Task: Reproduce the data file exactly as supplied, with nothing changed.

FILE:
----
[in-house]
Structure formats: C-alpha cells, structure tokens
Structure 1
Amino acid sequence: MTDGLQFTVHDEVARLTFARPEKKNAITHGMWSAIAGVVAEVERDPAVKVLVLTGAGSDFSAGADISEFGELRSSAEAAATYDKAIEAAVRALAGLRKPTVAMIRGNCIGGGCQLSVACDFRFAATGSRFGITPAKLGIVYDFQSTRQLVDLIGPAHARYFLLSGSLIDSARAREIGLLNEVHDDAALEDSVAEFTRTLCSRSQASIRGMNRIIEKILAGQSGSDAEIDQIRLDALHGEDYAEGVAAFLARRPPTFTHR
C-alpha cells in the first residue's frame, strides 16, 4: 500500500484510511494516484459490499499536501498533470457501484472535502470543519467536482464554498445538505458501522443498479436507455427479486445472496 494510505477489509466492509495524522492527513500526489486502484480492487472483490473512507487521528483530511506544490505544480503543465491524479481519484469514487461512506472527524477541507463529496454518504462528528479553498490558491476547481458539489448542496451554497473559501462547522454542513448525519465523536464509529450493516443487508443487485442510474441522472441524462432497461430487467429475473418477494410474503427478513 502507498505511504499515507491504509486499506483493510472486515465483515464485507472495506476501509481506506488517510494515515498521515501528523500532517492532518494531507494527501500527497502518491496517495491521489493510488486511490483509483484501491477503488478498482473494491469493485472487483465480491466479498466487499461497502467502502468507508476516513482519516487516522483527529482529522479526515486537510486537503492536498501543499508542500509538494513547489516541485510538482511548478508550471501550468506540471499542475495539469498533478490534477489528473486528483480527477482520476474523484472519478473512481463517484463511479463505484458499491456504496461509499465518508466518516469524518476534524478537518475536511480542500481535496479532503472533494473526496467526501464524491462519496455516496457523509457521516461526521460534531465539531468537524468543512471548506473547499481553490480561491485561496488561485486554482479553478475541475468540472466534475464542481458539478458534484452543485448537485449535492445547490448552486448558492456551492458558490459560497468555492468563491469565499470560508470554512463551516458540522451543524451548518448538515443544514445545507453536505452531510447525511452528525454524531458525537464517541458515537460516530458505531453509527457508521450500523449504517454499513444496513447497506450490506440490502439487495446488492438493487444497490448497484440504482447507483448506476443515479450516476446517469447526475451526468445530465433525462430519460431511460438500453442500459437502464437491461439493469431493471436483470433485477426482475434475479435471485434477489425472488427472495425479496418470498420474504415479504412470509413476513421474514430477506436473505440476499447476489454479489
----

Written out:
[in-house]
Structure formats: C-alpha cells, structure tokens
Structure 1
Amino acid sequence: MTDGLQFTVHDEVARLTFARPEKKNAITHGMWSAIAGVVAEVERDPAVKVLVLTGAGSDFSAGADISEFGELRSSAEAAATYDKAIEAAVRALAGLRKPTVAMIRGNCIGGGCQLSVACDFRFAATGSRFGITPAKLGIVYDFQSTRQLVDLIGPAHARYFLLSGSLIDSARAREIGLLNEVHDDAALEDSVAEFTRTLCSRSQASIRGMNRIIEKILAGQSGSDAEIDQIRLDALHGEDYAEGVAAFLARRPPTFTHR
C-alpha cells in the first residue's frame, strides 16, 4: 500500500484510511494516484459490499499536501498533470457501484472535502470543519467536482464554498445538505458501522443498479436507455427479486445472496 494510505477489509466492509495524522492527513500526489486502484480492487472483490473512507487521528483530511506544490505544480503543465491524479481519484469514487461512506472527524477541507463529496454518504462528528479553498490558491476547481458539489448542496451554497473559501462547522454542513448525519465523536464509529450493516443487508443487485442510474441522472441524462432497461430487467429475473418477494410474503427478513 502507498505511504499515507491504509486499506483493510472486515465483515464485507472495506476501509481506506488517510494515515498521515501528523500532517492532518494531507494527501500527497502518491496517495491521489493510488486511490483509483484501491477503488478498482473494491469493485472487483465480491466479498466487499461497502467502502468507508476516513482519516487516522483527529482529522479526515486537510486537503492536498501543499508542500509538494513547489516541485510538482511548478508550471501550468506540471499542475495539469498533478490534477489528473486528483480527477482520476474523484472519478473512481463517484463511479463505484458499491456504496461509499465518508466518516469524518476534524478537518475536511480542500481535496479532503472533494473526496467526501464524491462519496455516496457523509457521516461526521460534531465539531468537524468543512471548506473547499481553490480561491485561496488561485486554482479553478475541475468540472466534475464542481458539478458534484452543485448537485449535492445547490448552486448558492456551492458558490459560497468555492468563491469565499470560508470554512463551516458540522451543524451548518448538515443544514445545507453536505452531510447525511452528525454524531458525537464517541458515537460516530458505531453509527457508521450500523449504517454499513444496513447497506450490506440490502439487495446488492438493487444497490448497484440504482447507483448506476443515479450516476446517469447526475451526468445530465433525462430519460431511460438500453442500459437502464437491461439493469431493471436483470433485477426482475434475479435471485434477489425472488427472495425479496418470498420474504415479504412470509413476513421474514430477506436473505440476499447476489454479489